Process evaluations are not systematically performed alongside effectiveness studies for WHPPs. The quality of the process evaluations is mostly poor to average, resulting in a lack of systematically measured barriers/facilitators. The narrow focus on implementation makes it difficult to explore the relationship between effectiveness and implementation. Furthermore, the operationalisation of process components varied between studies, indicating a need for consensus about defining and operationalising process components.
PMCID: PMC3890539  PMID: 24341605
Implementation; Worksite health promotion program; Systematic review; Process evaluation; Lifestyle intervention; Determinants of implementation; Barriers and facilitators
19.  Effects of a Web-Based Intervention on Physical Activity and Metabolism in Older Adults: Randomized Controlled Trial 
Lack of physical activity leads to detrimental changes in body composition and metabolism, functional decline, and increased risk of disease in old age. The potential of Web-assisted interventions for increasing physical activity and improving metabolism in older individuals holds great promise but to our knowledge it has not been studied.
The goal of our study was to assess whether a Web-based intervention increases physical activity and improves metabolic health in inactive older adults.
We conducted a 3-month randomized, waitlist-controlled trial in a volunteer sample of 235 inactive adults aged 60-70 years without diabetes. The intervention group received the Internet program Philips DirectLife, which was directed at increasing physical activity using monitoring and feedback by accelerometer and digital coaching. The primary outcome was relative increase in physical activity measured objectively using ankle- and wrist-worn accelerometers. Secondary outcomes of metabolic health included anthropometric measures and parameters of glucose metabolism.
In total, 226 participants (97%) completed the study. At the ankle, activity counts increased by 46% (standard error [SE] 7%) in the intervention group, compared to 12% (SE 3%) in the control group (P difference<.001). Measured at the wrist, activity counts increased by 11% (SE 3%) in the intervention group and 5% (SE 2%) in the control group (P difference=.11). After processing of the data, this corresponded to a daily increase of 11 minutes in moderate-to-vigorous activity in the intervention group versus 0 minutes in the control group (P difference=.001). Weight decreased significantly more in the intervention group compared to controls (−1.5 kg vs −0.8 kg respectively, P=.046), as did waist circumference (−2.3 cm vs −1.3 cm respectively, P=.036) and fat mass (−0.6% vs 0.07% respectively, P=.025). Furthermore, insulin and HbA1c levels were significantly more reduced in the intervention group compared to controls (both P<.05).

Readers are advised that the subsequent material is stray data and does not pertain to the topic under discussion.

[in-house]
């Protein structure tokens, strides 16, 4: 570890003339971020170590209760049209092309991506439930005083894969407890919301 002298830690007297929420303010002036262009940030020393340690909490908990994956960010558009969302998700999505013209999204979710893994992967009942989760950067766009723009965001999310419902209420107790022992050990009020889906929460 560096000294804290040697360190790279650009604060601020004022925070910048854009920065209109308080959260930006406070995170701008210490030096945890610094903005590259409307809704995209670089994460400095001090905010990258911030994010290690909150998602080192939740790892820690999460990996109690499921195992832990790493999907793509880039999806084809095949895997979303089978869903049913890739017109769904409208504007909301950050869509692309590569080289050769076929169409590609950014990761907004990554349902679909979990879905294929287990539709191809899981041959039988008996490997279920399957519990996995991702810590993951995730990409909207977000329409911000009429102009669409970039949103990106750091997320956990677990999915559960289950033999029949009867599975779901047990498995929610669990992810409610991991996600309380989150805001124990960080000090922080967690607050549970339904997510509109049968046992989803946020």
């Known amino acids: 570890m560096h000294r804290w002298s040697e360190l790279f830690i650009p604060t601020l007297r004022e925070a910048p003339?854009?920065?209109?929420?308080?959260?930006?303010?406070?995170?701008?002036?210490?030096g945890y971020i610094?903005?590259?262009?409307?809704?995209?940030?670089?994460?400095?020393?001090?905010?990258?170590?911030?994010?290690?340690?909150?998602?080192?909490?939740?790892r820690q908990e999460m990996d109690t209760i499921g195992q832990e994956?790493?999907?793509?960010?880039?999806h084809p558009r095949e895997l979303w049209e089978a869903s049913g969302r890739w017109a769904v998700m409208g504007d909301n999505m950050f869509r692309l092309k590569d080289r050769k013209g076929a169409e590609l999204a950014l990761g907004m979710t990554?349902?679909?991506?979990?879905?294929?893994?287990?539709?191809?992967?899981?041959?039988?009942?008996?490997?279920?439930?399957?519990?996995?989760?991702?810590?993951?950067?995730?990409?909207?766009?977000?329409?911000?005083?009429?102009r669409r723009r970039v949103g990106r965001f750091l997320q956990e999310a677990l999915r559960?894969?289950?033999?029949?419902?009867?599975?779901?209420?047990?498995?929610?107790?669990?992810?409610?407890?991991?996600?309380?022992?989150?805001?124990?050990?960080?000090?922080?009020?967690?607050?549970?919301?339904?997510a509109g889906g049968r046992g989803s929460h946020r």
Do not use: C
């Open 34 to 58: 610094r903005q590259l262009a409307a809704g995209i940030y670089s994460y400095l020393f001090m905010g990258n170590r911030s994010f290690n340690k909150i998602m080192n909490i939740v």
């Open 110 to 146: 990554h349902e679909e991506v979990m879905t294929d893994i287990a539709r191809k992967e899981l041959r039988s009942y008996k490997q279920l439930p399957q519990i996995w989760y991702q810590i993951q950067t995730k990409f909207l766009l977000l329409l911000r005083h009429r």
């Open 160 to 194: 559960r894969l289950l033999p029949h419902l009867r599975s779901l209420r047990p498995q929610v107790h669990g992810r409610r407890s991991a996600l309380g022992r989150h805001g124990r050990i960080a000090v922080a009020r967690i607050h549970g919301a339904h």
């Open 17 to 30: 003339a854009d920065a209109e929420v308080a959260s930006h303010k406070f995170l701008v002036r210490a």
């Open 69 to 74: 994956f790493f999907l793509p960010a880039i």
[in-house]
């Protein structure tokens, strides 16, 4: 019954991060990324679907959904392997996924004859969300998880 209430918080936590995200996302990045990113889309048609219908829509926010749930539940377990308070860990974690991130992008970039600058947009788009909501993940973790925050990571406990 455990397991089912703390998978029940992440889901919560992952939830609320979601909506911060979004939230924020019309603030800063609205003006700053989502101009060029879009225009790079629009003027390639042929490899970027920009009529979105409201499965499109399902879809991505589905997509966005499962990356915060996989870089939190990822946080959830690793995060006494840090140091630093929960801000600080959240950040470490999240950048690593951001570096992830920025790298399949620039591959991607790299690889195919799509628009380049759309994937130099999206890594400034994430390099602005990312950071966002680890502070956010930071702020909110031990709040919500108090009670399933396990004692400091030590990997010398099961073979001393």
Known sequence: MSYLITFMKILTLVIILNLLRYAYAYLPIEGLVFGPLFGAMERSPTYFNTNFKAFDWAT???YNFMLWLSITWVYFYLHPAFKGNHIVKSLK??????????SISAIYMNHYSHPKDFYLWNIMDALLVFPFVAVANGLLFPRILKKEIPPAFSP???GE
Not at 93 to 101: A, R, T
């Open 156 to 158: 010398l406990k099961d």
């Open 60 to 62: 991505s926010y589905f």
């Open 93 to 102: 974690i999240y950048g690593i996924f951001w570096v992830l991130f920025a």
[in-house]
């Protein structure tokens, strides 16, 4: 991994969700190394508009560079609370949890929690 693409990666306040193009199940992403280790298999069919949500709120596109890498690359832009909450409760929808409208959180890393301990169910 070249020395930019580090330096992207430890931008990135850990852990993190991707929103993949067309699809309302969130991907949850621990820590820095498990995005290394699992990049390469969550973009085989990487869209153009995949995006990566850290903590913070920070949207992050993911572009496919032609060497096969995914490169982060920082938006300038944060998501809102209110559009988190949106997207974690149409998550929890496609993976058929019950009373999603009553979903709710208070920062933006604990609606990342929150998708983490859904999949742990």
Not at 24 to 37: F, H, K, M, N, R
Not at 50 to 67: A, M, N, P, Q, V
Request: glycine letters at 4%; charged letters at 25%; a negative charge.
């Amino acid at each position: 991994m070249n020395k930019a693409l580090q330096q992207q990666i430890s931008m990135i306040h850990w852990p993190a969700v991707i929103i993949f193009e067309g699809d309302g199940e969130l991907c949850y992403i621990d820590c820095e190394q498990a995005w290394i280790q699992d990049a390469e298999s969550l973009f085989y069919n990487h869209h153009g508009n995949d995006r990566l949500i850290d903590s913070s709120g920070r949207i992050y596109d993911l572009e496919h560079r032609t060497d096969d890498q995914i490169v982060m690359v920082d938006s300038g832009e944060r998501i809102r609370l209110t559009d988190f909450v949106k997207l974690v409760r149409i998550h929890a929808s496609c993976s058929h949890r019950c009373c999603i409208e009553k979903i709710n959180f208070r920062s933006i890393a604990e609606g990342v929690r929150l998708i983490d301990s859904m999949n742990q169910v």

This was the first study to show that in inactive older adults, a 3-month Web-based physical activity intervention was effective in increasing objectively measured daily physical activity and improving metabolic health. Such Web-based interventions provide novel opportunities for large scale prevention of metabolic deregulation in our rapidly aging population.
Trial Registration
Dutch Trial Registry: NTR 3045; (Archived by WebCite at
PMCID: PMC3841355  PMID: 24195965
physical activity; Internet; accelerometry; aging; metabolism; self-monitoring
20.  Research priorities for child and adolescent physical activity and sedentary behaviours: an international perspective using a twin-panel Delphi procedure 
The quantity and quality of studies in child and adolescent physical activity and sedentary behaviour have rapidly increased, but research directions are often pursued in a reactive and uncoordinated manner.
To arrive at an international consensus on research priorities in the area of child and adolescent physical activity and sedentary behaviour.
Two independent panels, each consisting of 12 experts, undertook three rounds of a Delphi methodology. The Delphi methodology required experts to anonymously answer questions put forward by the researchers with feedback provided between each round.
The primary outcome of the study was a ranked set of 29 research priorities that aimed to be applicable for the next 10 years. The top three ranked priorities were: developing effective and sustainable interventions to increase children’s physical activity long-term; policy and/or environmental change and their influence on children’s physical activity and sedentary behaviour; and prospective, longitudinal studies of the independent effects of physical activity and sedentary behaviour on health.
These research priorities can help to guide decisions on future research directions.
PMCID: PMC3853883  PMID: 24228891
Physical activity; Sedentary behaviour; Research priorities; Children; Adolescents
21.  The incidence of rugby-related catastrophic injuries (including cardiac events) in South Africa from 2008 to 2011: a cohort study 
BMJ Open  2013;3(2):e002475.
To establish an accurate and comprehensive injury incidence registry of all rugby union-related catastrophic events in South Africa between 2008 and 2011. An additional aim was to investigate correlates associated with these injuries.
The South African amateur and professional rugby-playing population.
An estimated 529 483 Junior and 121 663 Senior rugby union (‘rugby’) players (population at risk).
Outcome measures
Annual average incidences of rugby-related catastrophic injuries by type (cardiac events, traumatic brain and acute spinal cord injuries (ASCIs)) and outcome (full recoveries—fatalities). Playing level (junior and senior levels), position and event (phase of play) were also assessed.